Our review of the Office of the City Attorney's (Attorney's Office) use of outside counsel revealed:
As an elected official within the City of Los Angeles (City), the city attorney serves as chief legal adviser to the mayor, the Los Angeles City Council (city council), and all city boards, officers, and entities. The city attorney controls and manages the Office of the City Attorney (Attorney's Office), which comprises more than 500 attorneys who provide the day-to-day legal services the City needs. The city charter allows the City to retain outside legal counsel to assist the Attorney's Office in meeting the City's legal needs.
Outside counsel costs for the City over the six-year period ending in fiscal year 2004-05 almost doubled, rising from $17.5 million to $31.9 million. Some of the largest increases involved the use of outside counsel by the City's proprietary departments—in particular, the Department of Water and Power (DWP) and the Los Angeles World Airports (Airports). For example, the City retained outside counsel for litigation related to the California energy crisis and a comprehensive revision to the master plan for Los Angeles International Airport. The Attorney's Office recommended outside counsel for those matters because it believed it lacked the necessary expertise and resources to handle them.
The City could improve its reporting of outside counsel costs. Our review of the outside counsel costs reported by city departments in response to a special inquiry by a member of the city council revealed several significant inaccuracies and inconsistencies. Although the Attorney's Office recently implemented a procedure for periodically reporting outside counsel costs on a citywide basis, it will need to keep in mind the inaccuracies and inconsistencies we found in data reported by various city departments as it moves forward with the new reporting procedure.
Despite the costs involved, the Attorney's Office believes that its use of outside counsel has resulted in two quantifiable benefits: reductions in amounts paid through settlements or judgments of cases (liability payouts) and significant revenue from litigation in which the City is the plaintiff. Although it is true that liability payouts from the City's General Fund have decreased, the extent to which the use of outside counsel has contributed to the decrease is unknown. Similarly, the Attorney's Office points to certain litigation for which it used outside counsel in matters that have benefited or are expected to benefit the City or its residents. However, the extent to which the City could have achieved similar results without outside counsel is also unknown.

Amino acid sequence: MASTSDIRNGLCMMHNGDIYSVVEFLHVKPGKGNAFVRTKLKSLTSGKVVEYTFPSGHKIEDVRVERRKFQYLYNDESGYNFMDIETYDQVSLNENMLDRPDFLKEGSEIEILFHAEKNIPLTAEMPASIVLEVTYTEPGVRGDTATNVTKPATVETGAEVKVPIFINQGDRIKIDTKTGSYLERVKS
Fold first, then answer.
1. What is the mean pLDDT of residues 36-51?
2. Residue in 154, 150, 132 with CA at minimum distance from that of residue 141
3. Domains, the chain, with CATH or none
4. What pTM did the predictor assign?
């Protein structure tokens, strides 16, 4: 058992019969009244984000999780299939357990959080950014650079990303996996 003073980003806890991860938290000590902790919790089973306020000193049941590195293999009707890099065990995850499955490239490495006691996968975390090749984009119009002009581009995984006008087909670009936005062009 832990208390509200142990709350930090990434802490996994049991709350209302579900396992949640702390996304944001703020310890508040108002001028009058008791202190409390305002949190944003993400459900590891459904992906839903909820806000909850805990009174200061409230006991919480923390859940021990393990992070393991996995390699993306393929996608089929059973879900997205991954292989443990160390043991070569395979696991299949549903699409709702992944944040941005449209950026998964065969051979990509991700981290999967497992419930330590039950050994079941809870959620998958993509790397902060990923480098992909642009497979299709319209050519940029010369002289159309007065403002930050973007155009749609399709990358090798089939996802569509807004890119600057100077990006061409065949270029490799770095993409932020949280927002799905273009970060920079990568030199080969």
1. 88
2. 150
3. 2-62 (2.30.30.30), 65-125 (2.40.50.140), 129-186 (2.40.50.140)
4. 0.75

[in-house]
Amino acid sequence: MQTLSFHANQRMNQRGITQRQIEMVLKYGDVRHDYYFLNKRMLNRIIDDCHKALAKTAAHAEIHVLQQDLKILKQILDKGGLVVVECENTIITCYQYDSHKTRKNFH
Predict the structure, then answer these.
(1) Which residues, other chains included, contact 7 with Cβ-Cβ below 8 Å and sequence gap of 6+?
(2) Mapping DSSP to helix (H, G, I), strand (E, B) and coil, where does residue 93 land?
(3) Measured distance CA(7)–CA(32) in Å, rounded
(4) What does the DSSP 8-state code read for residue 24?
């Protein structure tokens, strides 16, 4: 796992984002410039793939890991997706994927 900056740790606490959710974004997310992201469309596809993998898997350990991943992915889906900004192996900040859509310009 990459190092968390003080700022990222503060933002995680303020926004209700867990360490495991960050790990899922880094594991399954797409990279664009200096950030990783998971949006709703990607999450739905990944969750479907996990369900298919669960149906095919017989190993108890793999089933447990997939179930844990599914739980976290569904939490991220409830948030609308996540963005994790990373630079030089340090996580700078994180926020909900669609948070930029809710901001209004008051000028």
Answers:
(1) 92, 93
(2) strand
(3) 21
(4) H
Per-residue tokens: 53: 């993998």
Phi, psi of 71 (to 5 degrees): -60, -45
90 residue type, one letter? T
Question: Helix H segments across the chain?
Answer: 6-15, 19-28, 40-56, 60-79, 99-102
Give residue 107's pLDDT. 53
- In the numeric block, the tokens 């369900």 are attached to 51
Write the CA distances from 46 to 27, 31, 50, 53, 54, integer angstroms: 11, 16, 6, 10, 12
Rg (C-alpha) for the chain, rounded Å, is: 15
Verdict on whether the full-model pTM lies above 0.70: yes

When retaining outside counsel the Attorney's Office first assesses the need for counsel and, if necessary, conducts a competitive or noncompetitive selection process. The selection process culminates in the Attorney's Office making a recommendation to the city council or appropriate governing board, which makes the final contracting decision. Overall, we found that the Attorney's Office could not provide documents to demonstrate that it had followed the policies and procedures it has in place for making its assessment and performing its role in selecting outside counsel. For example, the Attorney's Office lacked documentation such as written evaluations and rating sheets to demonstrate that it conducted a fair and objective process when performing its role in selecting outside counsel in a competitive manner. Without adequate documentation, the Attorney's Office leaves itself vulnerable to criticisms that its recommendations on outside counsel are not fair and objective.
Although the policies it had in place at the time of our fieldwork for monitoring the work performed by outside counsel provided sufficient direction for good case management, the Attorney's Office did not always follow those policies. As a result, the Attorney's Office risked paying more to outside counsel than was necessary. For example, the Attorney's Office often did not require outside counsel to submit comprehensive budgets. Further, despite their obvious involvement in the matters for which outside counsel were retained, managing attorneys did not consistently ensure that outside counsel submitted the required quarterly reports. Instead, managing attorneys often relied on informal methods of monitoring outside counsel, through telephone, e-mail, or in-person communications.
In November 2005 the Attorney's Office changed its policy on the use of outside counsel. For example, it eliminated the requirement for outside counsel to submit quarterly reports. Instead, it plans to work with outside counsel to provide status reports when the Attorney's Office prepares for updates, at least twice a year, to the city council and others on significant legal cases. Although it is too early to tell what the long-term effects of the policy change will be, the Attorney's Office may be limiting its insight into outside counsel's activities.